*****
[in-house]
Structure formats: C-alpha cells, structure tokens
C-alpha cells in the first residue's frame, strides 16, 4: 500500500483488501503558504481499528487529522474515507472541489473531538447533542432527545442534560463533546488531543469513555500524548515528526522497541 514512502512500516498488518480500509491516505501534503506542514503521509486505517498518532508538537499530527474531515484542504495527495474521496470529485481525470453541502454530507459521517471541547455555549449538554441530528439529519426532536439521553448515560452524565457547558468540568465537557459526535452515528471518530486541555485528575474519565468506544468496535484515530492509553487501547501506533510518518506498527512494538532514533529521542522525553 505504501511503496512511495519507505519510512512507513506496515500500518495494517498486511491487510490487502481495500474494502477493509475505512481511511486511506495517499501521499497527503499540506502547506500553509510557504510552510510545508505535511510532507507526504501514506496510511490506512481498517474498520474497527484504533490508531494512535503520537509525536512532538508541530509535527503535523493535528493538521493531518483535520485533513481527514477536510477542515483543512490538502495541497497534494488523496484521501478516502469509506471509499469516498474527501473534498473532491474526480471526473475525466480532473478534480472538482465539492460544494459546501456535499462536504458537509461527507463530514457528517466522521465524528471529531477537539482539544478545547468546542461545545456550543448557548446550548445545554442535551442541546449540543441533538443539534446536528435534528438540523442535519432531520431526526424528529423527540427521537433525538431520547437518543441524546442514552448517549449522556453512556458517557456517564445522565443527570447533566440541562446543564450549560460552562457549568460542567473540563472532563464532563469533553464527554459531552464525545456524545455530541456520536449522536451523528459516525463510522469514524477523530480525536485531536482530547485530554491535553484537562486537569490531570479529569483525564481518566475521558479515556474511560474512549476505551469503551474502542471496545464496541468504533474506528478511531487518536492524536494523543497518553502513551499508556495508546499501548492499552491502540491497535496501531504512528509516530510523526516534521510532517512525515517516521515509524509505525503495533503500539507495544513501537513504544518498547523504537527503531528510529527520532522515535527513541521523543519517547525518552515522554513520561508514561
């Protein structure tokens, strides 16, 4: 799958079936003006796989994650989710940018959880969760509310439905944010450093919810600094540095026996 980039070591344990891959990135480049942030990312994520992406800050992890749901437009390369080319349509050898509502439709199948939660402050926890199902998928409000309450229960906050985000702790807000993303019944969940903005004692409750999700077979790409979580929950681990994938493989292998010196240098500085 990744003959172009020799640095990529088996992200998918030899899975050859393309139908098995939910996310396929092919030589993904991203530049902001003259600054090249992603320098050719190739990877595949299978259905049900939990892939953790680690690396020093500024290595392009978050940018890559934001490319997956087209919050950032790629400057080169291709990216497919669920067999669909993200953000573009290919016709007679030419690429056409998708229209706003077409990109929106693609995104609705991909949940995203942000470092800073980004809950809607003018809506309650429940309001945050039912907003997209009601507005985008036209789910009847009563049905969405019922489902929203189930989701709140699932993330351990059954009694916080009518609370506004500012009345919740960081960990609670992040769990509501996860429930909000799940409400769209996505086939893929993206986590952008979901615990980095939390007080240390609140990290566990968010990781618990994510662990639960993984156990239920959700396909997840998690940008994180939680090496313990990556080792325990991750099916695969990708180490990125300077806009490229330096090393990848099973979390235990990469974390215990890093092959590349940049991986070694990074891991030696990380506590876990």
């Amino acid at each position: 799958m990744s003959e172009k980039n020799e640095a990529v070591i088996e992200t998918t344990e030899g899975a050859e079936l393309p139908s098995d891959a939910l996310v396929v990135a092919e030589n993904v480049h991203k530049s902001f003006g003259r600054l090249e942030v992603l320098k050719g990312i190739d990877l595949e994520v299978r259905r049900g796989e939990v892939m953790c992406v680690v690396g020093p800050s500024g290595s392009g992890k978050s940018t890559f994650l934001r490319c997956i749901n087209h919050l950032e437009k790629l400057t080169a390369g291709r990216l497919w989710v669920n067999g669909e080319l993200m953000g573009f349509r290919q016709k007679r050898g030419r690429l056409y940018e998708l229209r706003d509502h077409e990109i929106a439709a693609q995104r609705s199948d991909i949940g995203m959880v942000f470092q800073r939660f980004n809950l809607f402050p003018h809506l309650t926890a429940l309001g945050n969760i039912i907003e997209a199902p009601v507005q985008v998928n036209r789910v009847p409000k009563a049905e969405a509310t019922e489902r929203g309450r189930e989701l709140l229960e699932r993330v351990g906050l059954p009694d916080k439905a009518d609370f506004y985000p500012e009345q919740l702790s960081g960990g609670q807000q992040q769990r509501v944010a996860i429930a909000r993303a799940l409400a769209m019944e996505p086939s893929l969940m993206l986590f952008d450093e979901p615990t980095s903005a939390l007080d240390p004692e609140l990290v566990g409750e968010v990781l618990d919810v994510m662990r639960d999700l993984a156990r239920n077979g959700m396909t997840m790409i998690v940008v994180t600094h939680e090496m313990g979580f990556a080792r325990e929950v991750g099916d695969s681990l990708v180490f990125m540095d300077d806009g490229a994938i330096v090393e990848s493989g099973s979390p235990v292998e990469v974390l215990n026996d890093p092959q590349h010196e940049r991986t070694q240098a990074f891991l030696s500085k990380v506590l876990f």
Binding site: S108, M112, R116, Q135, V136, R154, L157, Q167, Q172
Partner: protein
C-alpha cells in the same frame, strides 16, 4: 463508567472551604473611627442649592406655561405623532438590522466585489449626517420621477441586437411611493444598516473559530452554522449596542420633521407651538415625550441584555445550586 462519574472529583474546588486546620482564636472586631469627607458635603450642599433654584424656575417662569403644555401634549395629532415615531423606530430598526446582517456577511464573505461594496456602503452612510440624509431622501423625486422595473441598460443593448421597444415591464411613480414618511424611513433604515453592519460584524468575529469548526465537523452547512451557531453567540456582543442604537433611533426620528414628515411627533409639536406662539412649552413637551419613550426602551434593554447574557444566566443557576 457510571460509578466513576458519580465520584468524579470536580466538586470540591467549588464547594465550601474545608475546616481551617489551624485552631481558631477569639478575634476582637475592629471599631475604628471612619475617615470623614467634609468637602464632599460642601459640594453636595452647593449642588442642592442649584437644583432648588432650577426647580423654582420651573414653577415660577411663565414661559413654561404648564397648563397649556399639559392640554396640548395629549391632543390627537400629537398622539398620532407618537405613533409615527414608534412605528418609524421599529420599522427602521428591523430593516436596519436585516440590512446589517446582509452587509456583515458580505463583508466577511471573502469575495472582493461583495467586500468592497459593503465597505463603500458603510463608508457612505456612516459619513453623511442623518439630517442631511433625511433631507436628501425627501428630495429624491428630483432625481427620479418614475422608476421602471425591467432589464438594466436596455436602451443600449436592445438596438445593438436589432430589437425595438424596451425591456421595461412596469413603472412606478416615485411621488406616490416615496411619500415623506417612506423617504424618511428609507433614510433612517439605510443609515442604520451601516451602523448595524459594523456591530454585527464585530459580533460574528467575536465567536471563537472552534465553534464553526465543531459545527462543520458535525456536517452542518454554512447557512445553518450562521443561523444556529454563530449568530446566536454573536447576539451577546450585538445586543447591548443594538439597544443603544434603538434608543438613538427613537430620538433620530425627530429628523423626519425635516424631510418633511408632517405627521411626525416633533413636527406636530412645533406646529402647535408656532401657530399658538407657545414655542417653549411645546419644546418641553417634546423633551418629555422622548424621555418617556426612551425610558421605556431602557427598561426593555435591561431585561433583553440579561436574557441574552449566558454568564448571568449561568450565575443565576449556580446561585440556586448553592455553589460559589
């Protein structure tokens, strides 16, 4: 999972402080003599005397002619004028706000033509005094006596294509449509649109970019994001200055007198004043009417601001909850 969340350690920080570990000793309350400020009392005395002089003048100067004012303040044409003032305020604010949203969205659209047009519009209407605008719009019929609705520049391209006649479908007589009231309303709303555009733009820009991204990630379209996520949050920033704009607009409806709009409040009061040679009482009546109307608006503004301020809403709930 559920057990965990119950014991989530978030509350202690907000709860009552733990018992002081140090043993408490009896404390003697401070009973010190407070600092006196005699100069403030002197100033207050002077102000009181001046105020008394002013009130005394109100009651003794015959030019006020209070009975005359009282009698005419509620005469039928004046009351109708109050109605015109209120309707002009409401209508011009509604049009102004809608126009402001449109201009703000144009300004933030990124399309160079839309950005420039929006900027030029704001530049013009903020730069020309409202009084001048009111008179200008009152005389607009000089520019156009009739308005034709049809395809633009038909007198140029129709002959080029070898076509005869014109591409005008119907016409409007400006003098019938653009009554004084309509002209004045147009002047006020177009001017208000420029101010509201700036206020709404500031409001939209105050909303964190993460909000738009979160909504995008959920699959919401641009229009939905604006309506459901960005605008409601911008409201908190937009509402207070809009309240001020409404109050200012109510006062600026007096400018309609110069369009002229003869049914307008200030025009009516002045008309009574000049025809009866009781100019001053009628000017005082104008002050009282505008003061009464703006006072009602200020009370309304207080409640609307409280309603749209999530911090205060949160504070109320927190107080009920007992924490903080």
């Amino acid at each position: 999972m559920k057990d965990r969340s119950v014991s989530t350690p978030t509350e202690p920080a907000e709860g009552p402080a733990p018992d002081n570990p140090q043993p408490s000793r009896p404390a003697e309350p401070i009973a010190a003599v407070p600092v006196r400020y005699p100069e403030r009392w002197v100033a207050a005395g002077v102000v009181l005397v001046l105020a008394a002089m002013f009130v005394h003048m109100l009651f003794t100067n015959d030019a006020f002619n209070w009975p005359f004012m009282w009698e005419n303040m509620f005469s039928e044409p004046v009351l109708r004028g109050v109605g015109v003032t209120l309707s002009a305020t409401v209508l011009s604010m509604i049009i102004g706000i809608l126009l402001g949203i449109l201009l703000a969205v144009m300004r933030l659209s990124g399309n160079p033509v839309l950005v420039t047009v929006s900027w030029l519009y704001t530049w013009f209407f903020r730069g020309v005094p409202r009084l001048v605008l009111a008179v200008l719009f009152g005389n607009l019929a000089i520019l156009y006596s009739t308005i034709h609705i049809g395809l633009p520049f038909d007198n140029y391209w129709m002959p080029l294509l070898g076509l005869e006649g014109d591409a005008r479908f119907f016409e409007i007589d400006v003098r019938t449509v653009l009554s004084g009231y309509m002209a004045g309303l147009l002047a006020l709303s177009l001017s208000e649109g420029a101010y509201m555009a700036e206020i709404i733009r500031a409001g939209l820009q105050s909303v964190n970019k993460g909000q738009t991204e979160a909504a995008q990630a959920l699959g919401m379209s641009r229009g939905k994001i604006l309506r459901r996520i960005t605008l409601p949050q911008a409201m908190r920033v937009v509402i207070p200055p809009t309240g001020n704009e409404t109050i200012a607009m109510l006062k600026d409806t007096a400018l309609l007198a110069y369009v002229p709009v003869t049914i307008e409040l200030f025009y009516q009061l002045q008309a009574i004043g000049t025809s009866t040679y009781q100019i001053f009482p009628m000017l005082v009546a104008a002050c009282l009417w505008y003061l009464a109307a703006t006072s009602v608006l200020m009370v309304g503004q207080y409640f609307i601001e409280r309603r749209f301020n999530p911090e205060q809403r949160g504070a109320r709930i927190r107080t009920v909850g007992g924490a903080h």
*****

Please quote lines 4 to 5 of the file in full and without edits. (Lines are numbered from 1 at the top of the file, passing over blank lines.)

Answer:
């Protein structure tokens, strides 16, 4: 799958079936003006796989994650989710940018959880969760509310439905944010450093919810600094540095026996 980039070591344990891959990135480049942030990312994520992406800050992890749901437009390369080319349509050898509502439709199948939660402050926890199902998928409000309450229960906050985000702790807000993303019944969940903005004692409750999700077979790409979580929950681990994938493989292998010196240098500085 990744003959172009020799640095990529088996992200998918030899899975050859393309139908098995939910996310396929092919030589993904991203530049902001003259600054090249992603320098050719190739990877595949299978259905049900939990892939953790680690690396020093500024290595392009978050940018890559934001490319997956087209919050950032790629400057080169291709990216497919669920067999669909993200953000573009290919016709007679030419690429056409998708229209706003077409990109929106693609995104609705991909949940995203942000470092800073980004809950809607003018809506309650429940309001945050039912907003997209009601507005985008036209789910009847009563049905969405019922489902929203189930989701709140699932993330351990059954009694916080009518609370506004500012009345919740960081960990609670992040769990509501996860429930909000799940409400769209996505086939893929993206986590952008979901615990980095939390007080240390609140990290566990968010990781618990994510662990639960993984156990239920959700396909997840998690940008994180939680090496313990990556080792325990991750099916695969990708180490990125300077806009490229330096090393990848099973979390235990990469974390215990890093092959590349940049991986070694990074891991030696990380506590876990």
């Amino acid at each position: 799958m990744s003959e172009k980039n020799e640095a990529v070591i088996e992200t998918t344990e030899g899975a050859e079936l393309p139908s098995d891959a939910l996310v396929v990135a092919e030589n993904v480049h991203k530049s902001f003006g003259r600054l090249e942030v992603l320098k050719g990312i190739d990877l595949e994520v299978r259905r049900g796989e939990v892939m953790c992406v680690v690396g020093p800050s500024g290595s392009g992890k978050s940018t890559f994650l934001r490319c997956i749901n087209h919050l950032e437009k790629l400057t080169a390369g291709r990216l497919w989710v669920n067999g669909e080319l993200m953000g573009f349509r290919q016709k007679r050898g030419r690429l056409y940018e998708l229209r706003d509502h077409e990109i929106a439709a693609q995104r609705s199948d991909i949940g995203m959880v942000f470092q800073r939660f980004n809950l809607f402050p003018h809506l309650t926890a429940l309001g945050n969760i039912i907003e997209a199902p009601v507005q985008v998928n036209r789910v009847p409000k009563a049905e969405a509310t019922e489902r929203g309450r189930e989701l709140l229960e699932r993330v351990g906050l059954p009694d916080k439905a009518d609370f506004y985000p500012e009345q919740l702790s960081g960990g609670q807000q992040q769990r509501v944010a996860i429930a909000r993303a799940l409400a769209m019944e996505p086939s893929l969940m993206l986590f952008d450093e979901p615990t980095s903005a939390l007080d240390p004692e609140l990290v566990g409750e968010v990781l618990d919810v994510m662990r639960d999700l993984a156990r239920n077979g959700m396909t997840m790409i998690v940008v994180t600094h939680e090496m313990g979580f990556a080792r325990e929950v991750g099916d695969s681990l990708v180490f990125m540095d300077d806009g490229a994938i330096v090393e990848s493989g099973s979390p235990v292998e990469v974390l215990n026996d890093p092959q590349h010196e940049r991986t070694q240098a990074f891991l030696s500085k990380v506590l876990f």